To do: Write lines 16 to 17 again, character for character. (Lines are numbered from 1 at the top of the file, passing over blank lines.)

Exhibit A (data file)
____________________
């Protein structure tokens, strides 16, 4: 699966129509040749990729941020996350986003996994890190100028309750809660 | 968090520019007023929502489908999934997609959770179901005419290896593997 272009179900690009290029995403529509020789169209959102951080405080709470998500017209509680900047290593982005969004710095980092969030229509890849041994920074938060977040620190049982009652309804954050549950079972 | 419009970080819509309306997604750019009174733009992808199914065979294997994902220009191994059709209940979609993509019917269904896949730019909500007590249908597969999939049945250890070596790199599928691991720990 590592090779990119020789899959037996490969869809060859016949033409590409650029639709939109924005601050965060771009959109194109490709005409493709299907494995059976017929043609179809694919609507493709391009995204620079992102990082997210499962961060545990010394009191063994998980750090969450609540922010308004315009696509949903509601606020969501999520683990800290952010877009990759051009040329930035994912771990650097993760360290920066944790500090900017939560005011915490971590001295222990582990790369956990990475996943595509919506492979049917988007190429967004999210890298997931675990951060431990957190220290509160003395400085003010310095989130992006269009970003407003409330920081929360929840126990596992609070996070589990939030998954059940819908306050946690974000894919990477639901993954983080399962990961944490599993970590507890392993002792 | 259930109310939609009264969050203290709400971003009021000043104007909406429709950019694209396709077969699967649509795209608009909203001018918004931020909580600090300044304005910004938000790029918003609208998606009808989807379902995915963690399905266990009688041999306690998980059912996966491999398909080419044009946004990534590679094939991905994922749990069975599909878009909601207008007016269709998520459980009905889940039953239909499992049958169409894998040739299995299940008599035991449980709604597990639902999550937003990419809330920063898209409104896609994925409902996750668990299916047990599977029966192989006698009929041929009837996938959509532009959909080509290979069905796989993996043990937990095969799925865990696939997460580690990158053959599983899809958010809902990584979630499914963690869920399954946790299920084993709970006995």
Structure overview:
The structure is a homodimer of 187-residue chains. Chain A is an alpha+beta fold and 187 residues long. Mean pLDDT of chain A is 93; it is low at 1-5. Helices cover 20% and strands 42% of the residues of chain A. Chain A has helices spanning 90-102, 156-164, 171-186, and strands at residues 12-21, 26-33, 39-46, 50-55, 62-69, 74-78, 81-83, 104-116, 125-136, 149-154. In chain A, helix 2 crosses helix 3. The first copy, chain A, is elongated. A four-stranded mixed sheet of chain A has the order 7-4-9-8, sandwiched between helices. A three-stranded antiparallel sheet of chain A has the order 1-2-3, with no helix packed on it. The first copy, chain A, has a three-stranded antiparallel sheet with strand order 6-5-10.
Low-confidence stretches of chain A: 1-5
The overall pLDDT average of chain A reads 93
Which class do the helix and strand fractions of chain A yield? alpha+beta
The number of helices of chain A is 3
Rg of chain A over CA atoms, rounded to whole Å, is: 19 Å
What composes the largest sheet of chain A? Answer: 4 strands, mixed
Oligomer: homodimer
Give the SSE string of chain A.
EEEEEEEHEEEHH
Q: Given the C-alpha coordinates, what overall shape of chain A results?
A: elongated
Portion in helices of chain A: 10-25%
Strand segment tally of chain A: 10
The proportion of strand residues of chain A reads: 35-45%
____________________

Strand segment tally of chain A: 10
The proportion of strand residues of chain A reads: 35-45%